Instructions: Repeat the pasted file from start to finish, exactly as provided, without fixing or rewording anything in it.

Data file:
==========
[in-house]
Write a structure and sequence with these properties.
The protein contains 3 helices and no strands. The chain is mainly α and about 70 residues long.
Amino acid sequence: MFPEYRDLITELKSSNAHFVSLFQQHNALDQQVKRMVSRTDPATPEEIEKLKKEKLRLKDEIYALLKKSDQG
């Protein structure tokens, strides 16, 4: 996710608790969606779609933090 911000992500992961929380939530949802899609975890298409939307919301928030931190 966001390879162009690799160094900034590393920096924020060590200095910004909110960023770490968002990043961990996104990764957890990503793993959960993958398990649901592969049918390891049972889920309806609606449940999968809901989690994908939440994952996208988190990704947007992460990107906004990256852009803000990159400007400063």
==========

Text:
[in-house]
Write a structure and sequence with these properties.
The protein contains 3 helices and no strands. The chain is mainly α and about 70 residues long.
Amino acid sequence: MFPEYRDLITELKSSNAHFVSLFQQHNALDQQVKRMVSRTDPATPEEIEKLKKEKLRLKDEIYALLKKSDQG
């Protein structure tokens, strides 16, 4: 996710608790969606779609933090 911000992500992961929380939530949802899609975890298409939307919301928030931190 966001390879162009690799160094900034590393920096924020060590200095910004909110960023770490968002990043961990996104990764957890990503793993959960993958398990649901592969049918390891049972889920309806609606449940999968809901989690994908939440994952996208988190990704947007992460990107906004990256852009803000990159400007400063």